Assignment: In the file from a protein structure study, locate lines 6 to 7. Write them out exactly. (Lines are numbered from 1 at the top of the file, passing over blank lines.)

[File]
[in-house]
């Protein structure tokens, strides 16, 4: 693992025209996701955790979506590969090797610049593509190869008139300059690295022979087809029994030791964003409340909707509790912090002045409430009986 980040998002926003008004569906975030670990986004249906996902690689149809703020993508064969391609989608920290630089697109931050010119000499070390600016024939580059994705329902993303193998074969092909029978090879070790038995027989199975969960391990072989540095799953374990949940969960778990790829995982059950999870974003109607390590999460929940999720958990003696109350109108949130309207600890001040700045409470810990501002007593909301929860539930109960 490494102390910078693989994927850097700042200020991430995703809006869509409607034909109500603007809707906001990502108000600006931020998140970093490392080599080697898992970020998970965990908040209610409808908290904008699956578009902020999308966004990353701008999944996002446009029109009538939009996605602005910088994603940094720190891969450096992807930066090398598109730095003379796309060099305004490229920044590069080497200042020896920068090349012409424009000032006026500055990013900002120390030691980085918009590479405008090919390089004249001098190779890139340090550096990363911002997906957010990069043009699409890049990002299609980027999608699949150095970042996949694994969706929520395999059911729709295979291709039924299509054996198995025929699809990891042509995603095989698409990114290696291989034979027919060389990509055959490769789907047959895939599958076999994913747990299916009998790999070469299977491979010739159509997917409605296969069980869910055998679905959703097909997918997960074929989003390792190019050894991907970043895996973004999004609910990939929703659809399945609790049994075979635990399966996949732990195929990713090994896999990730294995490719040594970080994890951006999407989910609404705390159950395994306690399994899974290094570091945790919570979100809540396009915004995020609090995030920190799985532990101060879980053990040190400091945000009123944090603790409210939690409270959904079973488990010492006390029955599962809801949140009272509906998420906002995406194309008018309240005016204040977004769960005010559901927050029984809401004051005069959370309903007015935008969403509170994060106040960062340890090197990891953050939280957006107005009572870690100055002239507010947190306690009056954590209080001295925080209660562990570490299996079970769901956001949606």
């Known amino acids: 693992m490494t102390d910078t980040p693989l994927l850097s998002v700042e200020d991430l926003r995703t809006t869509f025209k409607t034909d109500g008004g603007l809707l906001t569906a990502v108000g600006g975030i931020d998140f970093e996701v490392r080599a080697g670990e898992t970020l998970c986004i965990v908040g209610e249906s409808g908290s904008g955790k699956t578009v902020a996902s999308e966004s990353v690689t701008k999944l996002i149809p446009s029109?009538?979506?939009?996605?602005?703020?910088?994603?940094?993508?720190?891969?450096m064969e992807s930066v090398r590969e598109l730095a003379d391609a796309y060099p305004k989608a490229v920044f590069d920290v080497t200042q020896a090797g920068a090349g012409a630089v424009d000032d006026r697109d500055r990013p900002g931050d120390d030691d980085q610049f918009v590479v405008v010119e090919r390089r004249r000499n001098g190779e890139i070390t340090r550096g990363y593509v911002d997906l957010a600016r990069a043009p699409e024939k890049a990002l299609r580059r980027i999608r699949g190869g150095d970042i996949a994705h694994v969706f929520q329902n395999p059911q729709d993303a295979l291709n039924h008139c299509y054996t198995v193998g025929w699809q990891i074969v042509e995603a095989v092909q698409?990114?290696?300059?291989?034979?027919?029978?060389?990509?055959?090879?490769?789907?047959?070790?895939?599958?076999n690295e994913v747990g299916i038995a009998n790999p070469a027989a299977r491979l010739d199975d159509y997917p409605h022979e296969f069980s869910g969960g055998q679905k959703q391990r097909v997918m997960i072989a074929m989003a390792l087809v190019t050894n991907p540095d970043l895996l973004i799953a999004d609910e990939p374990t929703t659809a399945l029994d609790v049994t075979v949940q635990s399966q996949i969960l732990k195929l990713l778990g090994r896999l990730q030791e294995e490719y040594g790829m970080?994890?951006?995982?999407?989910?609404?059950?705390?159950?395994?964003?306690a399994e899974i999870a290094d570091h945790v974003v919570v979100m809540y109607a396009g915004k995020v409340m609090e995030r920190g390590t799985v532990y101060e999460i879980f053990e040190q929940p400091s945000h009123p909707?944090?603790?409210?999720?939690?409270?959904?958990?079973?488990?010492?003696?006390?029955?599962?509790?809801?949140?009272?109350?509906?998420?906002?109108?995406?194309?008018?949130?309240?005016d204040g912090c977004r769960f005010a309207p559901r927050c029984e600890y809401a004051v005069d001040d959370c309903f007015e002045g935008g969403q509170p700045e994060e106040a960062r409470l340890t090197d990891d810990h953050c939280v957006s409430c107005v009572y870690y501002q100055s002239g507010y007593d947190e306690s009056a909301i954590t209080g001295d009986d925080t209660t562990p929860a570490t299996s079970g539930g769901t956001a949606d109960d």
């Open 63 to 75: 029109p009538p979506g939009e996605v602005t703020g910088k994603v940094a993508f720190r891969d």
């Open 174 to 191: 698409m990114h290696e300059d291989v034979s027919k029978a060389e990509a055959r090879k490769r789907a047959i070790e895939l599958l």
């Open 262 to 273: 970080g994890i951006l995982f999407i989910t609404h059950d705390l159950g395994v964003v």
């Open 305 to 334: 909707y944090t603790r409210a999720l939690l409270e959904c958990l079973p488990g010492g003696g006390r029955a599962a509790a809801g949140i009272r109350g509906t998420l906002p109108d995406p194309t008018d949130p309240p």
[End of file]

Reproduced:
């Open 262 to 273: 970080g994890i951006l995982f999407i989910t609404h059950d705390l159950g395994v964003v």
């Open 305 to 334: 909707y944090t603790r409210a999720l939690l409270e959904c958990l079973p488990g010492g003696g006390r029955a599962a509790a809801g949140i009272r109350g509906t998420l906002p109108d995406p194309t008018d949130p309240p």